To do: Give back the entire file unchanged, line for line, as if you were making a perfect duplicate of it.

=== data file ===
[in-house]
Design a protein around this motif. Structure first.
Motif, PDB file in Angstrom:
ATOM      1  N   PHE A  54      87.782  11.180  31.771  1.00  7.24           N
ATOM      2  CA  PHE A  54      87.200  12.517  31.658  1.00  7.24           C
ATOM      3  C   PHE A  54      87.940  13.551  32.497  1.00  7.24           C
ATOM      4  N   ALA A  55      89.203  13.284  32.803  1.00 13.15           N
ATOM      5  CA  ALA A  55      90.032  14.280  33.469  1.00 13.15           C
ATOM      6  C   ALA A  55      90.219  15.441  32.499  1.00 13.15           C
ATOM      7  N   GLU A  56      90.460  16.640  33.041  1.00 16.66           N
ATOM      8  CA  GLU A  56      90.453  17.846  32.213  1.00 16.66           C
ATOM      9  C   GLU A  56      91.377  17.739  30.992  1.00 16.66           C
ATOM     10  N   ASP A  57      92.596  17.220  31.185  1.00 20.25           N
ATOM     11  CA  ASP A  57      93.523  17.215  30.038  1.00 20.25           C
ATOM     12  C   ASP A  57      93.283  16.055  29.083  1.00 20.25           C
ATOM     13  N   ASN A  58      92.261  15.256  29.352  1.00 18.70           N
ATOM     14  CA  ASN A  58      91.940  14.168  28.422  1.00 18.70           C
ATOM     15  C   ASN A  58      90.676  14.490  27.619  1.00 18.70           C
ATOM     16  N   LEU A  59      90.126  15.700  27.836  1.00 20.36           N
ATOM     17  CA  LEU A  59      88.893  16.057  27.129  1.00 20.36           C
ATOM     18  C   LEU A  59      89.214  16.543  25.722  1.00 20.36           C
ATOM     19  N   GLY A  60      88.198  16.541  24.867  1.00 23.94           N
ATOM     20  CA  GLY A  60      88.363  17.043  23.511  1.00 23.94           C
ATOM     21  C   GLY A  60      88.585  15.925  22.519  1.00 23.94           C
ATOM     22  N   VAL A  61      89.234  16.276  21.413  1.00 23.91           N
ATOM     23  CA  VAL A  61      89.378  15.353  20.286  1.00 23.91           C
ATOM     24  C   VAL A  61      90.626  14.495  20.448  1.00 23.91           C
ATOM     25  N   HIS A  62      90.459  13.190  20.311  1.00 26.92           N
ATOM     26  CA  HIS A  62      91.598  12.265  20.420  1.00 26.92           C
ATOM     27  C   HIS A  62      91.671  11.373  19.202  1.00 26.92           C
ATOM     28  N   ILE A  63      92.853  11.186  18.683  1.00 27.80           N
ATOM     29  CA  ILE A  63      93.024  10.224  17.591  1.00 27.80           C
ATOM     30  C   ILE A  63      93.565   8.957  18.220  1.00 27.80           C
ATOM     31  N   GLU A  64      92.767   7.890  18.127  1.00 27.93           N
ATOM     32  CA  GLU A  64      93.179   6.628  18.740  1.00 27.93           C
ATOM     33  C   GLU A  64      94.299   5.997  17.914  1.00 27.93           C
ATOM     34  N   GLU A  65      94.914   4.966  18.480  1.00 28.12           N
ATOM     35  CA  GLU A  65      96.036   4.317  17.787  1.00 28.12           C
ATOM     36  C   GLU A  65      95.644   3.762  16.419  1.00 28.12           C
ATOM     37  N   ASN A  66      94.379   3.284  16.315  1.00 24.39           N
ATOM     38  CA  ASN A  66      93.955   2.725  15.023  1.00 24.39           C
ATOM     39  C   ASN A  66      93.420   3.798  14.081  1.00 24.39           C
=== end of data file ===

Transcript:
[in-house]
Design a protein around this motif. Structure first.
Motif, PDB file in Angstrom:
ATOM      1  N   PHE A  54      87.782  11.180  31.771  1.00  7.24           N
ATOM      2  CA  PHE A  54      87.200  12.517  31.658  1.00  7.24           C
ATOM      3  C   PHE A  54      87.940  13.551  32.497  1.00  7.24           C
ATOM      4  N   ALA A  55      89.203  13.284  32.803  1.00 13.15           N
ATOM      5  CA  ALA A  55      90.032  14.280  33.469  1.00 13.15           C
ATOM      6  C   ALA A  55      90.219  15.441  32.499  1.00 13.15           C
ATOM      7  N   GLU A  56      90.460  16.640  33.041  1.00 16.66           N
ATOM      8  CA  GLU A  56      90.453  17.846  32.213  1.00 16.66           C
ATOM      9  C   GLU A  56      91.377  17.739  30.992  1.00 16.66           C
ATOM     10  N   ASP A  57      92.596  17.220  31.185  1.00 20.25           N
ATOM     11  CA  ASP A  57      93.523  17.215  30.038  1.00 20.25           C
ATOM     12  C   ASP A  57      93.283  16.055  29.083  1.00 20.25           C
ATOM     13  N   ASN A  58      92.261  15.256  29.352  1.00 18.70           N
ATOM     14  CA  ASN A  58      91.940  14.168  28.422  1.00 18.70           C
ATOM     15  C   ASN A  58      90.676  14.490  27.619  1.00 18.70           C
ATOM     16  N   LEU A  59      90.126  15.700  27.836  1.00 20.36           N
ATOM     17  CA  LEU A  59      88.893  16.057  27.129  1.00 20.36           C
ATOM     18  C   LEU A  59      89.214  16.543  25.722  1.00 20.36           C
ATOM     19  N   GLY A  60      88.198  16.541  24.867  1.00 23.94           N
ATOM     20  CA  GLY A  60      88.363  17.043  23.511  1.00 23.94           C
ATOM     21  C   GLY A  60      88.585  15.925  22.519  1.00 23.94           C
ATOM     22  N   VAL A  61      89.234  16.276  21.413  1.00 23.91           N
ATOM     23  CA  VAL A  61      89.378  15.353  20.286  1.00 23.91           C
ATOM     24  C   VAL A  61      90.626  14.495  20.448  1.00 23.91           C
ATOM     25  N   HIS A  62      90.459  13.190  20.311  1.00 26.92           N
ATOM     26  CA  HIS A  62      91.598  12.265  20.420  1.00 26.92           C
ATOM     27  C   HIS A  62      91.671  11.373  19.202  1.00 26.92           C
ATOM     28  N   ILE A  63      92.853  11.186  18.683  1.00 27.80           N
ATOM     29  CA  ILE A  63      93.024  10.224  17.591  1.00 27.80           C
ATOM     30  C   ILE A  63      93.565   8.957  18.220  1.00 27.80           C
ATOM     31  N   GLU A  64      92.767   7.890  18.127  1.00 27.93           N
ATOM     32  CA  GLU A  64      93.179   6.628  18.740  1.00 27.93           C
ATOM     33  C   GLU A  64      94.299   5.997  17.914  1.00 27.93           C
ATOM     34  N   GLU A  65      94.914   4.966  18.480  1.00 28.12           N
ATOM     35  CA  GLU A  65      96.036   4.317  17.787  1.00 28.12           C
ATOM     36  C   GLU A  65      95.644   3.762  16.419  1.00 28.12           C
ATOM     37  N   ASN A  66      94.379   3.284  16.315  1.00 24.39           N
ATOM     38  CA  ASN A  66      93.955   2.725  15.023  1.00 24.39           C
ATOM     39  C   ASN A  66      93.420   3.798  14.081  1.00 24.39           C